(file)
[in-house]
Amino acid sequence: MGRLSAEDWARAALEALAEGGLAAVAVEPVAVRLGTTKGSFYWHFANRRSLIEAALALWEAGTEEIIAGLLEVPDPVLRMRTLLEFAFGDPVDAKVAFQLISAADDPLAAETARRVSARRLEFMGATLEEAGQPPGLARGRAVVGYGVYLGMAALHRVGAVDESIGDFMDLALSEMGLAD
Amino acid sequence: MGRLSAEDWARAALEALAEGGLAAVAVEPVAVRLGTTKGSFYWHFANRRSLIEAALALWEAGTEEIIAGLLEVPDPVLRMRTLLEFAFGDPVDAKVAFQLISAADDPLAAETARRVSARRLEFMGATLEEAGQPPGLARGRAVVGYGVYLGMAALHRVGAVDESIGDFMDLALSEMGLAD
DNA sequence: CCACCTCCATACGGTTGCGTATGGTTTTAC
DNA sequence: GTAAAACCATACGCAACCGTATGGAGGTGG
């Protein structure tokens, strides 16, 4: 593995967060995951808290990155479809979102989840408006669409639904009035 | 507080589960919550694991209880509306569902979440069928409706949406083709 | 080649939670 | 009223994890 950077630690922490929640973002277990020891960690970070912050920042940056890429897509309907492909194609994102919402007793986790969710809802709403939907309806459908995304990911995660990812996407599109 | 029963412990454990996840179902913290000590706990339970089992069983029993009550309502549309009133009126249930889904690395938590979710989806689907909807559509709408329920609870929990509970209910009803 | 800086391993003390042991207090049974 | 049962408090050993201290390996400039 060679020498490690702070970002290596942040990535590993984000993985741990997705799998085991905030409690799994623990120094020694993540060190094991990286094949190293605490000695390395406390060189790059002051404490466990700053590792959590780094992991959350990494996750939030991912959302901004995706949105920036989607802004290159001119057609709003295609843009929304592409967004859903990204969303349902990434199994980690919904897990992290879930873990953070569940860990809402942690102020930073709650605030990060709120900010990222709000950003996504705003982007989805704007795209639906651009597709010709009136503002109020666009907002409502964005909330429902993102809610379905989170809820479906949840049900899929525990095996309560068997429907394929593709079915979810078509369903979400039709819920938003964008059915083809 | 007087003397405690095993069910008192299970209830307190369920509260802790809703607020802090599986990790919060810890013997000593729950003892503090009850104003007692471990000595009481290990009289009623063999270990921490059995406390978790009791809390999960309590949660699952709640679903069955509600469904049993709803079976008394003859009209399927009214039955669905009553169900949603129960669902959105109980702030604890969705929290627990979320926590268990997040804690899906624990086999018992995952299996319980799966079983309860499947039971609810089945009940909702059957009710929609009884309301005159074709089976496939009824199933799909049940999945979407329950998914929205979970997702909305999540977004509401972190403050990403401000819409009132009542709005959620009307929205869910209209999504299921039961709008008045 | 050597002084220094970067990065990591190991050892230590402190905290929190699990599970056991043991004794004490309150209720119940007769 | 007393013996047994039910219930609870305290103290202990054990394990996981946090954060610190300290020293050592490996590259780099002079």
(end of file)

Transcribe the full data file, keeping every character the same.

[in-house]
Amino acid sequence: MGRLSAEDWARAALEALAEGGLAAVAVEPVAVRLGTTKGSFYWHFANRRSLIEAALALWEAGTEEIIAGLLEVPDPVLRMRTLLEFAFGDPVDAKVAFQLISAADDPLAAETARRVSARRLEFMGATLEEAGQPPGLARGRAVVGYGVYLGMAALHRVGAVDESIGDFMDLALSEMGLAD
Amino acid sequence: MGRLSAEDWARAALEALAEGGLAAVAVEPVAVRLGTTKGSFYWHFANRRSLIEAALALWEAGTEEIIAGLLEVPDPVLRMRTLLEFAFGDPVDAKVAFQLISAADDPLAAETARRVSARRLEFMGATLEEAGQPPGLARGRAVVGYGVYLGMAALHRVGAVDESIGDFMDLALSEMGLAD
DNA sequence: CCACCTCCATACGGTTGCGTATGGTTTTAC
DNA sequence: GTAAAACCATACGCAACCGTATGGAGGTGG
């Protein structure tokens, strides 16, 4: 593995967060995951808290990155479809979102989840408006669409639904009035 | 507080589960919550694991209880509306569902979440069928409706949406083709 | 080649939670 | 009223994890 950077630690922490929640973002277990020891960690970070912050920042940056890429897509309907492909194609994102919402007793986790969710809802709403939907309806459908995304990911995660990812996407599109 | 029963412990454990996840179902913290000590706990339970089992069983029993009550309502549309009133009126249930889904690395938590979710989806689907909807559509709408329920609870929990509970209910009803 | 800086391993003390042991207090049974 | 049962408090050993201290390996400039 060679020498490690702070970002290596942040990535590993984000993985741990997705799998085991905030409690799994623990120094020694993540060190094991990286094949190293605490000695390395406390060189790059002051404490466990700053590792959590780094992991959350990494996750939030991912959302901004995706949105920036989607802004290159001119057609709003295609843009929304592409967004859903990204969303349902990434199994980690919904897990992290879930873990953070569940860990809402942690102020930073709650605030990060709120900010990222709000950003996504705003982007989805704007795209639906651009597709010709009136503002109020666009907002409502964005909330429902993102809610379905989170809820479906949840049900899929525990095996309560068997429907394929593709079915979810078509369903979400039709819920938003964008059915083809 | 007087003397405690095993069910008192299970209830307190369920509260802790809703607020802090599986990790919060810890013997000593729950003892503090009850104003007692471990000595009481290990009289009623063999270990921490059995406390978790009791809390999960309590949660699952709640679903069955509600469904049993709803079976008394003859009209399927009214039955669905009553169900949603129960669902959105109980702030604890969705929290627990979320926590268990997040804690899906624990086999018992995952299996319980799966079983309860499947039971609810089945009940909702059957009710929609009884309301005159074709089976496939009824199933799909049940999945979407329950998914929205979970997702909305999540977004509401972190403050990403401000819409009132009542709005959620009307929205869910209209999504299921039961709008008045 | 050597002084220094970067990065990591190991050892230590402190905290929190699990599970056991043991004794004490309150209720119940007769 | 007393013996047994039910219930609870305290103290202990054990394990996981946090954060610190300290020293050592490996590259780099002079």